Sean McAdam of CSNNE.com has an update on the David Ortiz-Red Sox talks, which both parties likely want to put to bed soon without the sort of beefing we had in the past two offseasons:
A source with knowledge of the talks said Wednesday that the two sides continue to exchange proposals, with some progress being made, but are not close to a deal.
Nick Cafardo says similar things — talks ongoing — but is more bullish on the timeline, saying that the parties think they’ll have something done withing 24 hours, and on how close the parties are on money (he calls it “a modest gap”).
As McAdam notes, there is not any magic to the timeline, though, apart from convenience. Even if a deal is not struck by then, it is a no-brainer that the Sox will make Ortiz a qualifying offer — $13.3 million for one year — and that Ortiz will decline it, given that it would represent a pay cut from the $14.575 million he made in 2012.
Sure, that would make him fair game for any other team, but I think the most shocking thing of this offseason would be for David Ortiz to change teams.
With the 2017 World Baseball Classic around the corner, Team Israel has reportedly reached out to Indians second baseman Jason Kipnis, per MLB Network’s Jon Morosi. Tournament rules stipulate that a player’s roster eligibility can be achieved in one of several ways: they were born in the country in question or hold citizenship/permanent legal residence there (or are simply capable of qualifying for citizenship), or one of their parents was born in the country or holds citizenship/permanent legal residence there.
For Kipnis, it’s the latter. Kipnis’ father, Mark Kipnis, is Jewish. That gives Kipnis the status he needs to suit up for Team Israel, despite the fact that he is a practicing Roman Catholic. He has yet to confirm or deny his participation in the competition.
Fifteen players have confirmed for Team Israel so far, including Mets’ infielder/outfielder Ty Kelly and free agents Sam Fuld, Nate Freiman, Jason Marquis and Jeremy Bleich. Per MLB.com’s Chad Thornburg, eight minor leaguers will also appear for the team. Like Kipnis, at least three other major leaguers are eligible for Team Israel’s roster but have yet to accept or decline involvement in the WBC: Dodgers center fielder Joc Pederson, Mariners infielder/outfielder Danny Valencia and free agent left-hander Craig Breslow.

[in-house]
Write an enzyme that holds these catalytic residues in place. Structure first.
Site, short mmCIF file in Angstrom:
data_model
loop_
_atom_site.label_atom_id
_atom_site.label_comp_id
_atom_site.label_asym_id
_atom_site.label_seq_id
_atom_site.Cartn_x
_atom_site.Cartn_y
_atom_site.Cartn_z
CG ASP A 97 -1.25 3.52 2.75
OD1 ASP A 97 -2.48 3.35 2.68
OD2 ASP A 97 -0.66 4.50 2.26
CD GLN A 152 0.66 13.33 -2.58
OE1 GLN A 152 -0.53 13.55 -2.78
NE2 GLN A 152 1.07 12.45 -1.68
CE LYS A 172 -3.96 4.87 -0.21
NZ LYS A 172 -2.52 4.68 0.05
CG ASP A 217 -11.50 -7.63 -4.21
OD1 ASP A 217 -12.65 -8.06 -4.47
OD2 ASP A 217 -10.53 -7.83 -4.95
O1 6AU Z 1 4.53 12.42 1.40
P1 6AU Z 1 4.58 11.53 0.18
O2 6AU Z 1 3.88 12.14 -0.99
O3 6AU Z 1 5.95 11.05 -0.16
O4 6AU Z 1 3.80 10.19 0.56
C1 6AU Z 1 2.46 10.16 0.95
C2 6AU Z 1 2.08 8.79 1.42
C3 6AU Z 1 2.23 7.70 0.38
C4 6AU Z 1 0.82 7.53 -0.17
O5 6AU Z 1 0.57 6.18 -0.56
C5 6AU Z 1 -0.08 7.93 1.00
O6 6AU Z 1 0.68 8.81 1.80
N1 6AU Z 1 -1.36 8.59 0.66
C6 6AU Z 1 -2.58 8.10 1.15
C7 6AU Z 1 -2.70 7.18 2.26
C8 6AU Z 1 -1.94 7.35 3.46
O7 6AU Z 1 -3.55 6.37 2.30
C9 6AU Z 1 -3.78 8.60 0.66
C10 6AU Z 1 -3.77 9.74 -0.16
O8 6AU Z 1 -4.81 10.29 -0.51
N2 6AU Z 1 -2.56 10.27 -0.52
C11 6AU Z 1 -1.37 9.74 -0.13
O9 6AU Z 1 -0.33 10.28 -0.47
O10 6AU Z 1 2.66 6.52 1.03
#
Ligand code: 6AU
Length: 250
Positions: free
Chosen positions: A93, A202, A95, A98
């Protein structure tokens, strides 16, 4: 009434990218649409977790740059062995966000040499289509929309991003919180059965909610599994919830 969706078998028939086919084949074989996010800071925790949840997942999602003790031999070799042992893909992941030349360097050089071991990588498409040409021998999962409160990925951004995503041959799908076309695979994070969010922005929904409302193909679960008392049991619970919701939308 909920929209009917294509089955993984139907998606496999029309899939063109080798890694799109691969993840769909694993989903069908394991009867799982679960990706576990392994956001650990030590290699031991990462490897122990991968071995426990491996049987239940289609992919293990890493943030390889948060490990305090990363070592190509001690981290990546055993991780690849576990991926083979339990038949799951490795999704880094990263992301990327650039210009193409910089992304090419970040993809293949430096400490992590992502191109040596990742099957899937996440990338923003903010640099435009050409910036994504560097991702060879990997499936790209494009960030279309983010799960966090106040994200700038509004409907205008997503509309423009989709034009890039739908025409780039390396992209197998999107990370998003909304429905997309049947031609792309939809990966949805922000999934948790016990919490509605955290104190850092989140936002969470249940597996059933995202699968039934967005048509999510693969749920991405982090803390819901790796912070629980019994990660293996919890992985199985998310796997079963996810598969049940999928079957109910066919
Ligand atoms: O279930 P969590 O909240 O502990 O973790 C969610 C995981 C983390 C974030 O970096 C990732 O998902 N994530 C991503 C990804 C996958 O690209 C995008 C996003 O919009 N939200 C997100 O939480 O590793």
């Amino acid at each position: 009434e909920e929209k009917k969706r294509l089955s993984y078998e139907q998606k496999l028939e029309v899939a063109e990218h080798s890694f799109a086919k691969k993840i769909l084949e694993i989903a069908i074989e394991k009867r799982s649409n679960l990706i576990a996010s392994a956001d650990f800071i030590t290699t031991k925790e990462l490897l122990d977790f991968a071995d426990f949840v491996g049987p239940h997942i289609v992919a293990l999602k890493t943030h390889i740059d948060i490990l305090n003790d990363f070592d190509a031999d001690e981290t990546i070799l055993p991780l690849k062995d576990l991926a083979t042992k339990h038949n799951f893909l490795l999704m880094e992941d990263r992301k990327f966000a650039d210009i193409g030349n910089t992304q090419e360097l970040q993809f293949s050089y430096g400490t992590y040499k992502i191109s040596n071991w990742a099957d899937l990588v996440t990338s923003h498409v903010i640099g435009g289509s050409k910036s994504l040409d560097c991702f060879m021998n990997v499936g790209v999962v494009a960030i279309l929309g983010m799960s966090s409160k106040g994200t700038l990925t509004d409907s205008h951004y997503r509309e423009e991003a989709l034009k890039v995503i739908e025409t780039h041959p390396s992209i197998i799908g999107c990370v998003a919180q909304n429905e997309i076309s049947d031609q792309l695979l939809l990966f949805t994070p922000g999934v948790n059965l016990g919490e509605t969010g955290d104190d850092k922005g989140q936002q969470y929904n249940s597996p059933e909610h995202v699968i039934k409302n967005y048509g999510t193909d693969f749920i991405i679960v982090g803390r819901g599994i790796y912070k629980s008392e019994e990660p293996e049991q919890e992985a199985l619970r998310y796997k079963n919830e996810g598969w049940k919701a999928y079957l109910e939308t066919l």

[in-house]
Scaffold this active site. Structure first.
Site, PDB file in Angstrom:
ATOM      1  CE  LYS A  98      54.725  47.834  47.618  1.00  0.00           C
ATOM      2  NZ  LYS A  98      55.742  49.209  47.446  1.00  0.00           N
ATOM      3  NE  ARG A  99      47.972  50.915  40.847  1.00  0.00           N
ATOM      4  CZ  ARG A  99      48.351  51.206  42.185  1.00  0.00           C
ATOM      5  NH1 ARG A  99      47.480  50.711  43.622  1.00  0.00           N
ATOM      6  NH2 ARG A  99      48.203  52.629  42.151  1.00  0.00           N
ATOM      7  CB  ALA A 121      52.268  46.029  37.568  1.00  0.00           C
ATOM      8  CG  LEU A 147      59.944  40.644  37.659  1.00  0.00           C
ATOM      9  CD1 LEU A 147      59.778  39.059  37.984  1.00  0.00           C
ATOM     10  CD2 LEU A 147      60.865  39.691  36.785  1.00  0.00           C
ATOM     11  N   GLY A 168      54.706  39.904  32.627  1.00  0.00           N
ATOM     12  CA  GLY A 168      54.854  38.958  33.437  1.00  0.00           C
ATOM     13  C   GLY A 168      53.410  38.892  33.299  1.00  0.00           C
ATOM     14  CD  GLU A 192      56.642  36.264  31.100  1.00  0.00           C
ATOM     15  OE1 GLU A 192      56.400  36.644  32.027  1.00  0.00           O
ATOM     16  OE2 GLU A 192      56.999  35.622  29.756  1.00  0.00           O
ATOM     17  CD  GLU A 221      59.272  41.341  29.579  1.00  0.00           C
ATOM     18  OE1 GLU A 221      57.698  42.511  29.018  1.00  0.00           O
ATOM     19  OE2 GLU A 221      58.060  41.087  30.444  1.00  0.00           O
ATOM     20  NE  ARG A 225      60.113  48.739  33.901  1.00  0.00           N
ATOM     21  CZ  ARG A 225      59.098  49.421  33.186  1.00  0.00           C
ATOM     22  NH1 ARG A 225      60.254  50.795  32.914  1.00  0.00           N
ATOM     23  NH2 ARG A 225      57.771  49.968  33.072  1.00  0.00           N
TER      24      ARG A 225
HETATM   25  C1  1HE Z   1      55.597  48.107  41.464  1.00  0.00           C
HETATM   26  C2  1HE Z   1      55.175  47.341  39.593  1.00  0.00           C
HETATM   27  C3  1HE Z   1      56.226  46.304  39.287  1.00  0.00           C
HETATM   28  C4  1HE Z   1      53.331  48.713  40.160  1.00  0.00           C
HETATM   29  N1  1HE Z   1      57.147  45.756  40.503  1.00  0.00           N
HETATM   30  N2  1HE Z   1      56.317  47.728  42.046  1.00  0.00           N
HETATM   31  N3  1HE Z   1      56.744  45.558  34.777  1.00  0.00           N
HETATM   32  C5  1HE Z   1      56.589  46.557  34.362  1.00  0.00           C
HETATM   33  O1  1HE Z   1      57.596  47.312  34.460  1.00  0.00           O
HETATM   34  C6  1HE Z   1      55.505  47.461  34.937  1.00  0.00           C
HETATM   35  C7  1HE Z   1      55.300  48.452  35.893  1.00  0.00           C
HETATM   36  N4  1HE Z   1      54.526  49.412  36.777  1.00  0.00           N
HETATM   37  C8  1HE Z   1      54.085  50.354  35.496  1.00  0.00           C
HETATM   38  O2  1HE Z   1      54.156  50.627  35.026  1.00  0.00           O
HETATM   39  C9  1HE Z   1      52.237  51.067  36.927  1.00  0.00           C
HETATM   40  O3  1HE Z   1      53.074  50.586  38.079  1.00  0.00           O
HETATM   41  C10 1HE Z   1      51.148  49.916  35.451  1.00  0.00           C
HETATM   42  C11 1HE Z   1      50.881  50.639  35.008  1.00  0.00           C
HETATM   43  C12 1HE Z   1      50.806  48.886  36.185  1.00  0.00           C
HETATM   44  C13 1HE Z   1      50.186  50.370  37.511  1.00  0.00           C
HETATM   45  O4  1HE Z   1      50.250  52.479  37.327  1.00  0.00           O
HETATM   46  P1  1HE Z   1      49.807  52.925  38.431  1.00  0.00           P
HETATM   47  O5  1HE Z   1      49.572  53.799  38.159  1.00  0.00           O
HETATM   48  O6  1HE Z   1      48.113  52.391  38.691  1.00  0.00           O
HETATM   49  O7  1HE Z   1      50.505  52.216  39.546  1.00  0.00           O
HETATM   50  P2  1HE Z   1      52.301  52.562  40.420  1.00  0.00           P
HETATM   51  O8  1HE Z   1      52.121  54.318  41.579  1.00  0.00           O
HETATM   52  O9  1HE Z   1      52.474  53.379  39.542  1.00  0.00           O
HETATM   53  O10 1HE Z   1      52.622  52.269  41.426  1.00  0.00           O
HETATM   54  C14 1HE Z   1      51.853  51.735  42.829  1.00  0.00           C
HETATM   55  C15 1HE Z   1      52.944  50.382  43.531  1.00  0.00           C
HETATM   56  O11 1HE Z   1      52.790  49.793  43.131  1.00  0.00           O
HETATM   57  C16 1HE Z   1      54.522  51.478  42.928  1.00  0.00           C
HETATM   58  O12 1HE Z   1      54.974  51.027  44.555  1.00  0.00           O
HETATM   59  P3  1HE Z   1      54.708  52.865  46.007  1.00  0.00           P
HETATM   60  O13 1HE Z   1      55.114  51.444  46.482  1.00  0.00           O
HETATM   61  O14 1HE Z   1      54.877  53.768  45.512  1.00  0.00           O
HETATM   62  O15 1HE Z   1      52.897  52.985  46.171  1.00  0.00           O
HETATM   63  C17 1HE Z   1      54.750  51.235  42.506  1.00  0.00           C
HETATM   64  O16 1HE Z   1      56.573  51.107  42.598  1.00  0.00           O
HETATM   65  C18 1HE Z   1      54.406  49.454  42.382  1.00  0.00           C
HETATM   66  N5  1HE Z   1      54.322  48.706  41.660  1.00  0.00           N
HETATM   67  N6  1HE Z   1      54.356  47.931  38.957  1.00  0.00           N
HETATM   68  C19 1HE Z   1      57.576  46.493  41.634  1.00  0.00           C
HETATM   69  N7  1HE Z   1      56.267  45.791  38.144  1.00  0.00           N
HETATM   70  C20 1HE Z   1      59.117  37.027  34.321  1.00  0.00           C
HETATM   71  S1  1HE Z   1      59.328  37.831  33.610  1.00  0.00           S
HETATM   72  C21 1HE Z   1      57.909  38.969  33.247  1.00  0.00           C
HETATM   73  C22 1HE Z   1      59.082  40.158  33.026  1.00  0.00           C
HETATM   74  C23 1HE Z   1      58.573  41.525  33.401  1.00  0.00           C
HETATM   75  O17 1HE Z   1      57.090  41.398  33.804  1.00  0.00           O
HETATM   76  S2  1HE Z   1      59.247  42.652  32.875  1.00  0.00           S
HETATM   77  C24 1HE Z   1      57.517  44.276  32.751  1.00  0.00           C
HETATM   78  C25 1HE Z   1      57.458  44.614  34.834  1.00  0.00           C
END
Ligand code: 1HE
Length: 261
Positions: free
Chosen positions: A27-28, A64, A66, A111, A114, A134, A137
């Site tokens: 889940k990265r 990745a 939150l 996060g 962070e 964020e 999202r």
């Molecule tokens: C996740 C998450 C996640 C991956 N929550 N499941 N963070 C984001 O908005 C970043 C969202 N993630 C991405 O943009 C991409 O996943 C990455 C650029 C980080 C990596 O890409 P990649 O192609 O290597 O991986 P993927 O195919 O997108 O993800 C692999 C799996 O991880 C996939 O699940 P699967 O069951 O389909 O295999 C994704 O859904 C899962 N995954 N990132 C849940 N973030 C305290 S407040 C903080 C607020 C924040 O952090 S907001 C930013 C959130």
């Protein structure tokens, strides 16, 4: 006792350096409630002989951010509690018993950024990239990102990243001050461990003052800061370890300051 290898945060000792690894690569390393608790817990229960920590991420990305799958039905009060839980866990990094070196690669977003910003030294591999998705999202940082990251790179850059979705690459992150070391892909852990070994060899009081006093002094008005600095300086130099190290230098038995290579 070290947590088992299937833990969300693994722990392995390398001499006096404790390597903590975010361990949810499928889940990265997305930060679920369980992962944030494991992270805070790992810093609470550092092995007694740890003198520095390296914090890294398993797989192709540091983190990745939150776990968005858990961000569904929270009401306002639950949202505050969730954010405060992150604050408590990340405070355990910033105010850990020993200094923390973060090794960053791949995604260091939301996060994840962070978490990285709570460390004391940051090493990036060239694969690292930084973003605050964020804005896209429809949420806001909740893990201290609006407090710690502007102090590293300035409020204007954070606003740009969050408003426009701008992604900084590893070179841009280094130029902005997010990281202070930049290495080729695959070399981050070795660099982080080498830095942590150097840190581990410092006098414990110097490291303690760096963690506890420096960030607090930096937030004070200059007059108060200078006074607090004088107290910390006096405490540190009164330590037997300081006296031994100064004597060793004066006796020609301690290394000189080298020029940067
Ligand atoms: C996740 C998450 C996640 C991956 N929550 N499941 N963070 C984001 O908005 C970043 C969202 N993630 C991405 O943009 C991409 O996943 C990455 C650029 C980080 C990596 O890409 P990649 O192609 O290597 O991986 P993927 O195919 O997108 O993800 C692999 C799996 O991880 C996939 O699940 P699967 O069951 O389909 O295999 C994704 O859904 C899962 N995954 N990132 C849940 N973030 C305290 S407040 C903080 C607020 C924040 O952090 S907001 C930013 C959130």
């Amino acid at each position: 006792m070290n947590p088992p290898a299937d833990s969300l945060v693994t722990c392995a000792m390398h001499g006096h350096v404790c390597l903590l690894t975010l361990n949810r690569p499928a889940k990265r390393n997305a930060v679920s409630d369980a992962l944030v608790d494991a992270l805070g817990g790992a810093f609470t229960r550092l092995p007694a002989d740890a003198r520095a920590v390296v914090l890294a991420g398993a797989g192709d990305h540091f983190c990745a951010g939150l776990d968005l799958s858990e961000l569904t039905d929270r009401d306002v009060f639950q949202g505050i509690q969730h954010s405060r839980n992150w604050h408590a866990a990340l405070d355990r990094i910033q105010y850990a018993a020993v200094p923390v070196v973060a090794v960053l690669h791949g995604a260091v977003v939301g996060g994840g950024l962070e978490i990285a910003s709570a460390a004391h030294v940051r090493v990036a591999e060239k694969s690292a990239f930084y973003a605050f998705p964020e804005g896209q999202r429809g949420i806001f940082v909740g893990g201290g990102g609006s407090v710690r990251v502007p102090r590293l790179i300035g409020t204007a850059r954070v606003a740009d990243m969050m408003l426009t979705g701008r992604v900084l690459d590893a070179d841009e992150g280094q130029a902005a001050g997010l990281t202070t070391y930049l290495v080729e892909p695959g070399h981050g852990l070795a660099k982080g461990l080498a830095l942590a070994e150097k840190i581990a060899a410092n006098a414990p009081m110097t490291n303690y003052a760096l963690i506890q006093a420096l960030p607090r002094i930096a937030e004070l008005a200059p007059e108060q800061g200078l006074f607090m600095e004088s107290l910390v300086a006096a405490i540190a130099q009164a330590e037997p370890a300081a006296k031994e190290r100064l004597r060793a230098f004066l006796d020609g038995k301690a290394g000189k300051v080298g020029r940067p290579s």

Free agent first baseman James Loney has reportedly signed a minor league deal with the Rangers, per FanRag Sports’ Jon Heyman. The deal includes an invite to spring training and a $1 million salary if he makes the major league roster in 2017.
Loney picked up a one-year stint and starting role with the Mets in 2016, slashing .265/.307/.397 with nine home runs in 336 PA. While his numbers were down a hair from the .280/.322/.357 batting line he produced with the Rays in 2015, he provided the Mets with a necessary, if underwhelming upgrade over an injured Lucas Duda through most of the season.
The 32-year-old infielder is expected to have some competition at first base, with at least five other candidates in the mix: Jurickson Profar, Ronald Guzman, Ryan Rua, Joey Gallo and Josh Hamilton. Rumor has it that the team is planning on platooning Rua and Profar in 2017, barring any impressive breakouts or injuries during spring training, though Loney could still provide the club with some veteran depth and a decent left-handed bat off the bench.